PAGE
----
«She left the web, she left the loom,
She made three paces through the room,
She saw the water-lily bloom,
She saw the helmet and the plume,
She look’d down to Camelot.
Out flew the web and floated wide;
The mirror crack’d from side to side;
‘The curse is come upon me,’ cried
The Lady of Shalott

Alfred, Lord Tennyson, The Lady of Shalott (1842)


Whether it is from Lord Tennyson’s famed ballad, or from John William Waterhouse’s iconic painting that still adorns Tate Britain’s hall, everyone has heard the tale of ‘the Lady of Shalott’. The story itself originates in Mort Artu or “the death of King Arthur,” which forms part of the 13th-century Prose Lancelot. It tells the tragic death of a beautiful maiden, Elaine d’Astolat, who falls desperately in love with Lancelot, whose heart belongs only to Queen Guinevere.

The ancient tale was granted new life by the poet Lord Tennyson, who enriched it by giving Elaine a spindle, a magic mirror, and a mysterious curse that is never explained.

Passing from Tennyson to the Pre-Raphaelites, the story is reincarnated in various forms, painted or sketched by several members of the Brother- and Sisterhood. The theme was hugely popular; Waterhouse alone executed three paintings, drawing from different stanzas of the ballad: The Lady of Shalott (1888), The Lady of Shalott Looking at Lancelot (1894), and “I’m Half-Sick of Shadows,” Said the Lady of Shalott (1915).

The lady is framed in a mirror – so what we see is not her but her reflection, no more real than the painted sun and moon looking upon her from the ceiling, all to symbolize the falseness of her world, where, unloved, she lives a life of solitude.

The mirror as an element in art history has first appeared in Jan Van Eyk’s oil painting «The Arnolfini Portrait» (1434). This work of art is considered one of the most original and complex paintings in Western art: for the first time, a simple corner of the real world had suddenly been fixed on to a panel as if by magic…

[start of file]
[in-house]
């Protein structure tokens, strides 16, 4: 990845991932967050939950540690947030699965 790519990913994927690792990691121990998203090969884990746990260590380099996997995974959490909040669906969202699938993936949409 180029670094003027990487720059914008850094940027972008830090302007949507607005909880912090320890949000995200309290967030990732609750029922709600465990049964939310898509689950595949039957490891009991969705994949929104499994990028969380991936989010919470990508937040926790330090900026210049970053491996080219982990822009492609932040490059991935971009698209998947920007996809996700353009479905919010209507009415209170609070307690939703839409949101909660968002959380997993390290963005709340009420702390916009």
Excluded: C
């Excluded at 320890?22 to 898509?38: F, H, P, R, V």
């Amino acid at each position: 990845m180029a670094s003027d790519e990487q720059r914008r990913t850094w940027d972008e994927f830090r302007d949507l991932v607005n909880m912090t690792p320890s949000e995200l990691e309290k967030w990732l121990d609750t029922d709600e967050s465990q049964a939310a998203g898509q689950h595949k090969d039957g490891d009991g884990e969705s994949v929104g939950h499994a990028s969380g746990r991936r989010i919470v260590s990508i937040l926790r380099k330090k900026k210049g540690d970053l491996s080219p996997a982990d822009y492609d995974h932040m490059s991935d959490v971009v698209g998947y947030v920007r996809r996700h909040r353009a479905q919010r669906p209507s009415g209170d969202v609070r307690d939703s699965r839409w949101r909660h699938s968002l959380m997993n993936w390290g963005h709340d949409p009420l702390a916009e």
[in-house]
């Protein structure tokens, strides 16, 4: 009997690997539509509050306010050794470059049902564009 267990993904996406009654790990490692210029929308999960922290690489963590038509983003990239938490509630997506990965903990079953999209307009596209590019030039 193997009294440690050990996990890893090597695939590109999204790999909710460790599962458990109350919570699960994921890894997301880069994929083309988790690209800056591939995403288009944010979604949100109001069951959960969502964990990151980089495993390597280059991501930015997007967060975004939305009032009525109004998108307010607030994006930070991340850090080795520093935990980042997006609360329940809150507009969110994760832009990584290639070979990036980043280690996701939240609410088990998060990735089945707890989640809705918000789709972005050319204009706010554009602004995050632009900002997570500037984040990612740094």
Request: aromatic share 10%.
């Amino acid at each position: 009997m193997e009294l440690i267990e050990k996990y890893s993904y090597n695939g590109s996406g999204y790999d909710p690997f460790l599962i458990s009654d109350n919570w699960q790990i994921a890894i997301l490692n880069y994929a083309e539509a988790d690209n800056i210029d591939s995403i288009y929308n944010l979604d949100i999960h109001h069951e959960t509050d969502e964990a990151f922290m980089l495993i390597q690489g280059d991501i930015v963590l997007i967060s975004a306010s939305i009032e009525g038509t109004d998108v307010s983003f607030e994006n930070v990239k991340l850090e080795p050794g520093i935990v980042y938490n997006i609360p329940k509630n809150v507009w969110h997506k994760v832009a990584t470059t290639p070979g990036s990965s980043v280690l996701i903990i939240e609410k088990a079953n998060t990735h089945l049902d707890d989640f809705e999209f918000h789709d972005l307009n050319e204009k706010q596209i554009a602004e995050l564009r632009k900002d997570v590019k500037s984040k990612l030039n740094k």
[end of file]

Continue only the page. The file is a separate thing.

Later, in 1656, in Diego Velasquez’s Las Meninas a mirror is depicted again and its reflexion.

It seems that the painters of the Preraphaelites group have been largerly influenced by Van Euyk’s painting having painted mirrors in many of their artworks: The awakening conscience, (William Holman Hunt,1853), Take your son sir!, (Fold Madox Brown, 1851), Lucrezia Borgia, (Dante Gabriel Rossetti, 1860/1), La Belle Iseult, (William Morris, 1858), Fair Rosamund and Queen Eleanor, (Sir Edward Burne-Jones, 1861), A youth relating tales to ladies, (Simeon Solomon,1870), Il dolce far niente, (William Holman Hunt, 1866),  the portrait of Margaret Burne-Jones (Sir Edward Burne-Jones, 1880), to mention but a few…

The exhibition Reflexions: Van Euyk and the Preraphaelites which is currently on show at the National Gallery in London, demonstrates the secret bonds between theNetherlandish painter and the Preraphaelites and how the latter have been influenced by Van Euyk to integrate the mirror in their paintings.

At the images above, four different versions of the theme by John William Waterhouse (image n.1), Minje Su (n.2),  Elisabeth Eleanor Siddal (n.3) and William Holman Hunt (n.4). See (and listen) also Loreena McKennitt’ s Lady of Shalott inspired by the poetry and iconography of the famous lady  here: https://www.youtube.com/watch?v=uxFF03IbIlY

Where: at the exhibition Van Euyk and the Preraphaelites, National Gallery, London

When: 16/11/2018

What: The Lady of Shalott (paintings, poetry, song)

(More info: http://oxfordstudent.com/2017/01/25/lady-shalott-post-pre-raphaelite-endeavour/)